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Progesterone 101: Uses, Side Effects, High Low Levels

Progesterone 101

Progesterone is usually first identified as a female sex hormone (although men have it, too). It works opposite of estrogen to balance its effects on the body. (1, 2)

Progesterone’s most important functions are related to the female reproductive cycle. It takes over for estrogen during the luteal phase of the menstrual cycle as the dominant hormone. During the second half of the cycle, progesterone maintains the growth of the uterine lining that estrogen began during the follicular phase. (1, 2)

Progesterone is produced by the corpus luteum. This is a temporary endocrine gland that forms from the follicle that releases an egg during ovulation. Once the egg is released, the corpus luteum increases its production of progesterone. (1, 2)

If the egg released during ovulation isn’t fertilized, both it and the corpus luteum will dissolve. Then, progesterone levels drop, triggering menstruation. Another menstrual cycle starts, and the whole thing begins anew. (1, 2)

In addition to the corpus luteum, the ovaries, adrenal glands, and placenta can all produce progesterone, too. (1, 2)

Progesterone During Pregnancy

If the egg released during ovulation is fertilized, it will attach itself to the uterine lining, which progesterone helped to prepare for just this purpose. In addition to thickening the lining, progesterone also prevents muscle contractions in the uterus, which would cause it to reject the egg. (1, 2)

The corpus luteum will continue to generate progesterone alone until about 10 weeks into a pregnancy. At this time, the placenta also begins to produce progesterone, supporting the corpus luteum. (1, 2)

These elevated levels of progesterone during pregnancy prevent against miscarriage, later pregnancy loss, and preterm labor. They also help to prepare the breasts to produce milk. (1, 2)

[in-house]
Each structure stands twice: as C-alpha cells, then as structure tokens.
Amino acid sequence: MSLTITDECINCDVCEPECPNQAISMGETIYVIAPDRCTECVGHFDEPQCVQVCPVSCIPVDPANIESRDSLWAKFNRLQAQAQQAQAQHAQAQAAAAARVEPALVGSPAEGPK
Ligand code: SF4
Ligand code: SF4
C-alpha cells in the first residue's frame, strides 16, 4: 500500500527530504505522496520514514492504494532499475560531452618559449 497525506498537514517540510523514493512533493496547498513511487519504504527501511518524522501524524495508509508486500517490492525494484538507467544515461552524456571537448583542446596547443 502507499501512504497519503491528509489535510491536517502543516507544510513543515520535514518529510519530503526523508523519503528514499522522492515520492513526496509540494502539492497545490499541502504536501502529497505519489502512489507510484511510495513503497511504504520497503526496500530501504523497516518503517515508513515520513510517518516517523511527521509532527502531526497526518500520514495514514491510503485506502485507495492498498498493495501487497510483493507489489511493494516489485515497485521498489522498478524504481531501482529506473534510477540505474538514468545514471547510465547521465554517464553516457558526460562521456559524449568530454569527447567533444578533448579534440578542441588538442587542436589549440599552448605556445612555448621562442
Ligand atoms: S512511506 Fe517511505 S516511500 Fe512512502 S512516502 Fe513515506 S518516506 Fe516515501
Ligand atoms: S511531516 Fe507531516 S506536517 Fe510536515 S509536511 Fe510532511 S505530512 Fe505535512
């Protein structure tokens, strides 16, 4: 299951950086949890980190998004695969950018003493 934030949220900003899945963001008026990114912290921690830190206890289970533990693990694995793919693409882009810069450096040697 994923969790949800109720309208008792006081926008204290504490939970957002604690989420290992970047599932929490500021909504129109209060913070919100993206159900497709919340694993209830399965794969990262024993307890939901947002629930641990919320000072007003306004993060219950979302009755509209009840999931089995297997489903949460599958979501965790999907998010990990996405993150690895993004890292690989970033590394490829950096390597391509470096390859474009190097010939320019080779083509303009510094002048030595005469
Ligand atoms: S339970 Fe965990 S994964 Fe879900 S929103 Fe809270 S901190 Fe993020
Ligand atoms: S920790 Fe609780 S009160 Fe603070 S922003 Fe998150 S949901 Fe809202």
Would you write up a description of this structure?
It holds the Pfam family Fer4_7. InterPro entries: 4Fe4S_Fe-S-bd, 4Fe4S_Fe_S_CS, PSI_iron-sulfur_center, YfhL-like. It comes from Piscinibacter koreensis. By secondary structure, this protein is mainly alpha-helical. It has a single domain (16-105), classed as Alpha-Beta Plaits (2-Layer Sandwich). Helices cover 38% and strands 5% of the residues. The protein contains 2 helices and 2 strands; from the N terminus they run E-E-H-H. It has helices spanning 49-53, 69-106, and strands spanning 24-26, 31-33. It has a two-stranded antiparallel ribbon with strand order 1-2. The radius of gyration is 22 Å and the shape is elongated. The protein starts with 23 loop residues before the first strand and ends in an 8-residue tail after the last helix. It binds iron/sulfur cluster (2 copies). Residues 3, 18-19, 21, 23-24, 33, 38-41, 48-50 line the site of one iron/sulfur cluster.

Mood and Progesterone

Both estrogen and progesterone affect mood through their interaction with brain chemicals. One of progesterone’s metabolites is the compound allopregnanolone. Its interactions with GABA receptors in the brain tend to reduce anxiety and generate a feeling of calm. This explains the low energy and sleepiness that many women feel before their period or during the early parts of pregnancy. (1, 3)

However, for some women, progesterone can have the opposite effect. They may experience feelings of anxiety and agitation during the luteal phase of their menstrual cycle, when progesterone production increases. For some women, this effect may be so severe that it can be classified as premenstrual dysphoric disorder (PMDD). Research suggests that the women who experience agitation rather than the expected soothing effects of progesterone may process allopregnanolone differently. (1, 3)

Perimenopause and Progesterone

Most women don’t expect to experience the symptoms of menopause until their mid-40s or their 50s. But perimenopause, the transition to menopause, causes hormonal changes for women as early as their mid-30s and into their early 40s. (5)

In perimenopause, both estrogen and progesterone rise and fall. These vacillating hormone levels can cause changes like: (5)

  • hot flashes
  • mood changes
  • trouble sleeping
  • irregular periods
  • bone loss
  • bladder issues
  • vaginal dryness and loss of elasticity
  • changes in sexual desire and satisfaction
  • altered cholesterol levels

Signs that Progesterone is Low

Some women may have low levels of progesterone outside of perimenopause and menopause during their fertile years. For women who are not pregnant, some signs of low progesterone are: (2, 6)

  • irregular or missed periods
  • mood swings
  • anxiety
  • depression
  • headaches or migraines

When progesterone levels are too low, estrogen levels may increase too much. Signs of estrogen dominance include: (2, 6)

  • PMS
  • mood swings
  • depression
  • weight gain
  • irregular menstrual cycles
  • heavy bleeding
  • decreased sex drive
  • tender or fibrocystic breasts
  • gallbladder issues
  • uterine fibroids